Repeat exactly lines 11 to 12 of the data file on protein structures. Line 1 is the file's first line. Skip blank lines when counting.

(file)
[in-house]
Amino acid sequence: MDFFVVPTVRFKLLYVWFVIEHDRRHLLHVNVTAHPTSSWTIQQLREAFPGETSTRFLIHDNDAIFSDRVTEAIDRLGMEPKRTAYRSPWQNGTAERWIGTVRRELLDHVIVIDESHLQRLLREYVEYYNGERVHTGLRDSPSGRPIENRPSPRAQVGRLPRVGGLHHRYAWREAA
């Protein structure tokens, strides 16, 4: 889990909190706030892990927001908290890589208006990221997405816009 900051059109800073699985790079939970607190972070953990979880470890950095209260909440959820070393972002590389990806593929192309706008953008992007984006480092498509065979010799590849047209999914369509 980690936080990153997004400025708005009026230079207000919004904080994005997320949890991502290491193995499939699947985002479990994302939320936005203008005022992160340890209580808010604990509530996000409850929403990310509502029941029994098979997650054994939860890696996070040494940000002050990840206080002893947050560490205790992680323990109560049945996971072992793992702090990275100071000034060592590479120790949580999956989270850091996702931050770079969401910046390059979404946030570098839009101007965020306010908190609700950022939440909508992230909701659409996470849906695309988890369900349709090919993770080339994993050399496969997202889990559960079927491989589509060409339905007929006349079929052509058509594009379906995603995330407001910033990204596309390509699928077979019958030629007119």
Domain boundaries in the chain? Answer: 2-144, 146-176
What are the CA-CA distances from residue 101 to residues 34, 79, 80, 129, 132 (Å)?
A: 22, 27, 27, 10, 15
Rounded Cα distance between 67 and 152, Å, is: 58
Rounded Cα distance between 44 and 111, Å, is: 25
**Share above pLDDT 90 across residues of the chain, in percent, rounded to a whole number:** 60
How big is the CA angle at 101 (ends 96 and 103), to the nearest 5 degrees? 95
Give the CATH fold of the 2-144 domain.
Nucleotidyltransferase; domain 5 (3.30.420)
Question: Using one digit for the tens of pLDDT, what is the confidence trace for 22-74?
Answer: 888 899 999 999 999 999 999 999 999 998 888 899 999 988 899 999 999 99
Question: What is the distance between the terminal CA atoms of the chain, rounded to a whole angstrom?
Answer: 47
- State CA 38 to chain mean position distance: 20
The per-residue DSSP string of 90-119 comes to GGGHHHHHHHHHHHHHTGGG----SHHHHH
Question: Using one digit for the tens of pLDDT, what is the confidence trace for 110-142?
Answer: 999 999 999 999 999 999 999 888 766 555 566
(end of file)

Give the CATH fold of the 2-144 domain.
Nucleotidyltransferase; domain 5 (3.30.420)